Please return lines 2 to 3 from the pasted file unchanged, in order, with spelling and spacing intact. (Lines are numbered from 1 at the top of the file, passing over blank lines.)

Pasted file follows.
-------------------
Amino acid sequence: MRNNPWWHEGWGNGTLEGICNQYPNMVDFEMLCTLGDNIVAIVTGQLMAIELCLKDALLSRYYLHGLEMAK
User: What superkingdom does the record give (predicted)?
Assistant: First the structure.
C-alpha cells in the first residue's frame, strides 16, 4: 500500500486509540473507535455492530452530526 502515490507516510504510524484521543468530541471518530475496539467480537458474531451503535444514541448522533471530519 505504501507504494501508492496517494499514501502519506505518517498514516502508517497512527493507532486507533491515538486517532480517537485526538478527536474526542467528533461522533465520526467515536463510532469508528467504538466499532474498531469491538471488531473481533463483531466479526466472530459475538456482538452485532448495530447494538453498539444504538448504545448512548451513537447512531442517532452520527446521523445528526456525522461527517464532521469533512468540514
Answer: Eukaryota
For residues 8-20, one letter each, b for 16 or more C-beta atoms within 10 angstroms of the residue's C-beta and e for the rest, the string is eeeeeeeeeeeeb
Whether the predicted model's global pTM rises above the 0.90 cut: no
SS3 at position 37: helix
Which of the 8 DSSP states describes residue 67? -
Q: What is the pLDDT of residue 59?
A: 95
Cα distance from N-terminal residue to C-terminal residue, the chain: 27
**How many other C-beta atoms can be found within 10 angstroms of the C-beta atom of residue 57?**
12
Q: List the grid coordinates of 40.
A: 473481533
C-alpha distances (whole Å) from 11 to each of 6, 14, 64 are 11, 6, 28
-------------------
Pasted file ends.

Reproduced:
User: What superkingdom does the record give (predicted)?
Assistant: First the structure.